Daily ICU admissions decreased for the third straight day with 250 on Saturday, 128 Sunday and 89 on Monday.
The state Department of Health approved an antibody test, which is waiting on federal approval. The procedure tests for the presence of antibodies that show a person was previously infected with COVID-19, recovered and is no longer contagious.
There is no evidence to suggest a person can become reinfected with the virus a second time, state Department of Health Commissioner Dr. Howard Zucker said.
“Usually when you get a virus and develop antibodies you don’t get it again,” Zucker said Tuesday. “There was one report out of China that suggested that maybe there were some cases, but that hasn’t been confirmed yet.”
The state has rapid COVID-19 tests, which deliver results within 15 minutes, for 50,000 people, Cuomo said Tuesday.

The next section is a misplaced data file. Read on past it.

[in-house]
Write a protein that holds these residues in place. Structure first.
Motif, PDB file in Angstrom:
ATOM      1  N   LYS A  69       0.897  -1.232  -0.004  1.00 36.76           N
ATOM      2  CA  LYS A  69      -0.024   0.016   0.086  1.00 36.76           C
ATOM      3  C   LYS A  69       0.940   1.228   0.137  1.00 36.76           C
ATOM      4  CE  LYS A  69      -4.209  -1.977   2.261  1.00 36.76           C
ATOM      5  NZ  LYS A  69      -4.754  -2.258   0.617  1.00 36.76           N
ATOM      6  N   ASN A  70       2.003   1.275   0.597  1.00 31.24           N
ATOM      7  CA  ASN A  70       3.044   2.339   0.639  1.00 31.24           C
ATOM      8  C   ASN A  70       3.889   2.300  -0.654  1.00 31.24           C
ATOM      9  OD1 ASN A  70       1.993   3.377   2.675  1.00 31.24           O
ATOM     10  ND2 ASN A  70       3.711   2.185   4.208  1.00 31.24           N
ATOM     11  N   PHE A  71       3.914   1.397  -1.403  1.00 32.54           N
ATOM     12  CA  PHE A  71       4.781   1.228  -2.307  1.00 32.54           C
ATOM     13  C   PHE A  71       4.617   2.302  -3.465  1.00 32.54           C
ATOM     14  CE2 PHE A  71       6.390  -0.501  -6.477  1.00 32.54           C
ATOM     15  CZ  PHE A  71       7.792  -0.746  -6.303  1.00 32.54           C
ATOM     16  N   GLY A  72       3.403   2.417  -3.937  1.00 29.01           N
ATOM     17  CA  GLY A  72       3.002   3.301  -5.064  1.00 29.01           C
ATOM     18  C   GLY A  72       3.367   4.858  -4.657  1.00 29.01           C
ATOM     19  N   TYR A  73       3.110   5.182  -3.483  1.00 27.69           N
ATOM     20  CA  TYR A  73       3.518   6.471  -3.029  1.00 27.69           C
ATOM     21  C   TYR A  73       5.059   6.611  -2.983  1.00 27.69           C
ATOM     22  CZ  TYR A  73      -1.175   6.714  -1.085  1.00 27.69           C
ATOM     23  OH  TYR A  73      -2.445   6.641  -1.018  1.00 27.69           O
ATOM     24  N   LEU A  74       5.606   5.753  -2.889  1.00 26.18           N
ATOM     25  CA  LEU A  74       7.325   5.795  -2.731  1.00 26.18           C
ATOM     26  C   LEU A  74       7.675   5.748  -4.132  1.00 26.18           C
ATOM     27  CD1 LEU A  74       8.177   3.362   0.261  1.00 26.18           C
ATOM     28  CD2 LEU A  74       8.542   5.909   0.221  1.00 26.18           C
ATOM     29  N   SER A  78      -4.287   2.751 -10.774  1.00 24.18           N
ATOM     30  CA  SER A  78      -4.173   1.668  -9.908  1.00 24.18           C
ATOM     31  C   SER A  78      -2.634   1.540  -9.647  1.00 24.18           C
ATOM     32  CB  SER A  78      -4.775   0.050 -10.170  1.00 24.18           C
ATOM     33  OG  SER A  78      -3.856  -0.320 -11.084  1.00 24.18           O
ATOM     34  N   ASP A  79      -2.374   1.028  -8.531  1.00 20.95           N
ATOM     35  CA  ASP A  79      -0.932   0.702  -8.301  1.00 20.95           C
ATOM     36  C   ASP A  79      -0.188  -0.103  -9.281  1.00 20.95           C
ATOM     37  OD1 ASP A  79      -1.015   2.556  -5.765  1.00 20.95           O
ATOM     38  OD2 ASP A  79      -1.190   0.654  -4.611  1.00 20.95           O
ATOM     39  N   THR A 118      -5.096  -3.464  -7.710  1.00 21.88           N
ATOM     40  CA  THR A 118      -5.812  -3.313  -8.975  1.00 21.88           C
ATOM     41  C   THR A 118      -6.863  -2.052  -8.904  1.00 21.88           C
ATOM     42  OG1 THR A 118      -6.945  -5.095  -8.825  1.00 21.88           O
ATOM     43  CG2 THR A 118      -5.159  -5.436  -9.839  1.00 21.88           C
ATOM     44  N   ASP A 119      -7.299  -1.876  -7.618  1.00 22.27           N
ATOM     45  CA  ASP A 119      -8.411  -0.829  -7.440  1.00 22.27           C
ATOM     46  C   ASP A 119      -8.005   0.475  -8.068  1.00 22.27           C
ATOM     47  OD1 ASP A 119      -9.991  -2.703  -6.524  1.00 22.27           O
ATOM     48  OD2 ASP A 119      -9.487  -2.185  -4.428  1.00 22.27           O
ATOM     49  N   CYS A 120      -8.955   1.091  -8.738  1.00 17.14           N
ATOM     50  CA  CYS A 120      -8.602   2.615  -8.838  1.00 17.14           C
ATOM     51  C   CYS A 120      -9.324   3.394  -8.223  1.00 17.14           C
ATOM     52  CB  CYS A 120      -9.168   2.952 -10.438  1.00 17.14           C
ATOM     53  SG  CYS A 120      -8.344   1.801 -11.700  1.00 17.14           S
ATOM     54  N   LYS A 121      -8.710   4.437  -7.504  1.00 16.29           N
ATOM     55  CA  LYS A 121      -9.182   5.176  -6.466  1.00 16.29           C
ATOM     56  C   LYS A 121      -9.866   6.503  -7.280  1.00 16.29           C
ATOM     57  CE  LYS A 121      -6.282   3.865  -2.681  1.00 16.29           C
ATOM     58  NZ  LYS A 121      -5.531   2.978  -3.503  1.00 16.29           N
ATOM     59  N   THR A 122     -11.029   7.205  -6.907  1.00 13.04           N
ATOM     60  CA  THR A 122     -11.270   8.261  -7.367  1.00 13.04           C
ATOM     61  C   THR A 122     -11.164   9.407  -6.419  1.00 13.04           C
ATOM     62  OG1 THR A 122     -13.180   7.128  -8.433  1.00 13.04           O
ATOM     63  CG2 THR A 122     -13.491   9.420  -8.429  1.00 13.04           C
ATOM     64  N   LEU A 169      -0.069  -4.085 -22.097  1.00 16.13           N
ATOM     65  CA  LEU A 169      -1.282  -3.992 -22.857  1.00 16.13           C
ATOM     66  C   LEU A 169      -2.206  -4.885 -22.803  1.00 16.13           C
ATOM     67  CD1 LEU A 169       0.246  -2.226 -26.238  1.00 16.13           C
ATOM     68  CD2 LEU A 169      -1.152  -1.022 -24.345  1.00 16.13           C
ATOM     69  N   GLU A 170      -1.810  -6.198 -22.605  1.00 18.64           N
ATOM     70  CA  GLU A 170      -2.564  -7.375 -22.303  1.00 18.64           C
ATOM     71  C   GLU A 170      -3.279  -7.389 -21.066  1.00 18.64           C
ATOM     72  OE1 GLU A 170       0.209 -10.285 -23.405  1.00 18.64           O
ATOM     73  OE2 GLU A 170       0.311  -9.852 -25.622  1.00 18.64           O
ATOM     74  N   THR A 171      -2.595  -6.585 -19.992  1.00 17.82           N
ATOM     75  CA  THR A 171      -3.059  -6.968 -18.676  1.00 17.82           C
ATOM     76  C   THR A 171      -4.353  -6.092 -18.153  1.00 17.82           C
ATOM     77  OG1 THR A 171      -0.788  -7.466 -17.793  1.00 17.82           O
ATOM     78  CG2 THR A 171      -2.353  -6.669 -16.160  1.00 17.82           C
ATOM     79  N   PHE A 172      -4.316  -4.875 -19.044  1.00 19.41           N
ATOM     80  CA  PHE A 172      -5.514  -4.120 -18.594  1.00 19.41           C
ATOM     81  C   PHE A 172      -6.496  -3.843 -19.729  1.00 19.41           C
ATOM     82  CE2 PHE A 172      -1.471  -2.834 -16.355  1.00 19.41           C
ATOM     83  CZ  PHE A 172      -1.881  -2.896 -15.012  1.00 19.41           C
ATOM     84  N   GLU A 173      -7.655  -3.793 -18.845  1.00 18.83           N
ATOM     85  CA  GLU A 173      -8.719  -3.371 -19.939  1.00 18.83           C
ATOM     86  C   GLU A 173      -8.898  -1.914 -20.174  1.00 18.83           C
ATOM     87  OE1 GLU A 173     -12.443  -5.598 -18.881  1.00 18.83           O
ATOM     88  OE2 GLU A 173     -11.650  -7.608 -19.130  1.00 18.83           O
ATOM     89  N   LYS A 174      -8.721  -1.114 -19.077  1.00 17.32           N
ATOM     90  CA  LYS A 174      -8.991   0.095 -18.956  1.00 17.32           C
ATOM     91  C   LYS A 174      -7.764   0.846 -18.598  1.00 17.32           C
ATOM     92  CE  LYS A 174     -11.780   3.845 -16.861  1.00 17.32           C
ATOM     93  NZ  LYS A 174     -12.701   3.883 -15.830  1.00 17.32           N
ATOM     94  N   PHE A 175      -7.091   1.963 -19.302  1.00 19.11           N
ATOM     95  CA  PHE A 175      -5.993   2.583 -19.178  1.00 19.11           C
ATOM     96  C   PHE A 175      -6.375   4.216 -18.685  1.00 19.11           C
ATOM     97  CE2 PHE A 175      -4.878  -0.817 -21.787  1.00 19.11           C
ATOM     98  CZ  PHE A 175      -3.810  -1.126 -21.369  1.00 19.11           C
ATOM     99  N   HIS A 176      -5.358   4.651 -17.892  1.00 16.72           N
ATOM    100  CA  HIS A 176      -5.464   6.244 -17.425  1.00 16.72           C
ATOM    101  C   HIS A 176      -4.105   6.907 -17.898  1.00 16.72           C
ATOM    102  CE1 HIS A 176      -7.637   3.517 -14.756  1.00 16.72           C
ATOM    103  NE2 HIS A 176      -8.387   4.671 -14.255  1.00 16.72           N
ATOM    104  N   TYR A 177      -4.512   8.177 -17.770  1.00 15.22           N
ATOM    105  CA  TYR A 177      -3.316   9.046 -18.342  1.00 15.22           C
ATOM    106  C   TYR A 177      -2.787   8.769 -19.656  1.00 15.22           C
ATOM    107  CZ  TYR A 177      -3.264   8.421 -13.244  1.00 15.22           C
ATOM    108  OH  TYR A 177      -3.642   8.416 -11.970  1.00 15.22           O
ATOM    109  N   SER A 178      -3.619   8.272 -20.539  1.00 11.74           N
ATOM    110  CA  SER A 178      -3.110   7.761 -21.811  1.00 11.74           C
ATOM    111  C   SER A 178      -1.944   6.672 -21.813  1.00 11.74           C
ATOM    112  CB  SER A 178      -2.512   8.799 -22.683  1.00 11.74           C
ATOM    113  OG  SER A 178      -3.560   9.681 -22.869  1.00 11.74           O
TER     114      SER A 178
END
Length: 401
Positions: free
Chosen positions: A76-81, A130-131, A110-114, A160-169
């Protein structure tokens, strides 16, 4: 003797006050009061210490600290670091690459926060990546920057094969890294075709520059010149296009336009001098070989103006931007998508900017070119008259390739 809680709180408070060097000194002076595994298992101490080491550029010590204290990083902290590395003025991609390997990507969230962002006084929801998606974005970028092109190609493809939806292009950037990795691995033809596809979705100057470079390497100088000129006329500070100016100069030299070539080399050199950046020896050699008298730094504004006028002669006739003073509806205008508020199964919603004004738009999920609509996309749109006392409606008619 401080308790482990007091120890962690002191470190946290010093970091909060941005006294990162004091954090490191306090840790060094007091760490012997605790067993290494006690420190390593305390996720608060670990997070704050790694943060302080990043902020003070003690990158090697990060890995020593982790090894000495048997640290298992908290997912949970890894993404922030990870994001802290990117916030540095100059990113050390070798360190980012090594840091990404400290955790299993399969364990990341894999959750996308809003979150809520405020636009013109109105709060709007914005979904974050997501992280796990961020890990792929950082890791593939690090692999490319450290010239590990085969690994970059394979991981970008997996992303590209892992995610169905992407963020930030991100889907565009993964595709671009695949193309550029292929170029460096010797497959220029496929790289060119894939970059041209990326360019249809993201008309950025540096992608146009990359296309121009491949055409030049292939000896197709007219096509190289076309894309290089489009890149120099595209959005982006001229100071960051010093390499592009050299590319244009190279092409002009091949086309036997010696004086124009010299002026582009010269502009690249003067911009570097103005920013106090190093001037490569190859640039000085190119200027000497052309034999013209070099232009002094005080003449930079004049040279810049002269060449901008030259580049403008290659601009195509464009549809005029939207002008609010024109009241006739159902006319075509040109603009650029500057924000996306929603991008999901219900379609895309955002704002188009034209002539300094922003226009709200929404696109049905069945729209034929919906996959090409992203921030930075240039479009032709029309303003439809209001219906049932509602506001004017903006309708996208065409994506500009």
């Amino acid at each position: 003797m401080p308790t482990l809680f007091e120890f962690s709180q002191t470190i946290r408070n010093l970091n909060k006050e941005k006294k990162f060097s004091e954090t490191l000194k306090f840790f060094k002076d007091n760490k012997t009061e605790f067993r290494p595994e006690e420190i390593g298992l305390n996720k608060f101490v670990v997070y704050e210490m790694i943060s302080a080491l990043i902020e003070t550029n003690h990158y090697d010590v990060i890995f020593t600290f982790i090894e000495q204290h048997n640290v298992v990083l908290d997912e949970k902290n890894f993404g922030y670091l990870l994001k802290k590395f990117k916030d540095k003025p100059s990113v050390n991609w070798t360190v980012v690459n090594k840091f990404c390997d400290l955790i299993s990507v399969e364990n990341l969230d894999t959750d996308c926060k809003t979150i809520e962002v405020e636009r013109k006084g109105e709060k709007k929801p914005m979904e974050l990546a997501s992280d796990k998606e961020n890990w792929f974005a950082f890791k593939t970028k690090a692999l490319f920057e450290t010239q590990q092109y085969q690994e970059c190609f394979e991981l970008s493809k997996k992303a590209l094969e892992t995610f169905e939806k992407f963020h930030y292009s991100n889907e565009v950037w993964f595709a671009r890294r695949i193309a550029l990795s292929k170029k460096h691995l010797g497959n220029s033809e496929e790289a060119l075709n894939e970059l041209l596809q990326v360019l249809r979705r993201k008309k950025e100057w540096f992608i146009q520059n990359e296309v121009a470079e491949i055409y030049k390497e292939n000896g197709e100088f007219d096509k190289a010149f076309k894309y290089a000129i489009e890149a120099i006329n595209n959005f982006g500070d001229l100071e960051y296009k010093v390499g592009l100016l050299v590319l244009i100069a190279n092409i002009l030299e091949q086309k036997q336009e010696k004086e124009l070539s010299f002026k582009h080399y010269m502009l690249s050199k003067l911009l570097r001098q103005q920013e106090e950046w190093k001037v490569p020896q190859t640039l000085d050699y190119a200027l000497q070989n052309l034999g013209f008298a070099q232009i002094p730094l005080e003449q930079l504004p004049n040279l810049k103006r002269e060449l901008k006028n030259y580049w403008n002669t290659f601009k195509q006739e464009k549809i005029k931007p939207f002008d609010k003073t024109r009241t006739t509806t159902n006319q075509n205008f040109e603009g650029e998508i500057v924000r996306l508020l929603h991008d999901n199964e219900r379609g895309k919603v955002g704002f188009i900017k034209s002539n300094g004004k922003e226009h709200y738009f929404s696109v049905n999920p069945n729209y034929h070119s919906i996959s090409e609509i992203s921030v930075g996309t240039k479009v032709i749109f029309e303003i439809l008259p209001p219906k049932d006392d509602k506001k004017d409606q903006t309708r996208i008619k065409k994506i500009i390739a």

“No private company has the capacity to bring those to scale,” the governor said, referring to the 19 million New York residents.
The state is asking all companies or businesses that can help increase New York’s rapid testing capacity call 212-803-3100 or email COVID19supplies@esd.ny.gov.
The state partnered with Google and increased capacity from four to 50 servers and 300 additional employees addressing claims to ease the website and phone jams within the state Department of Labor for people to file for unemployment benefits. The hotline is open seven days a week.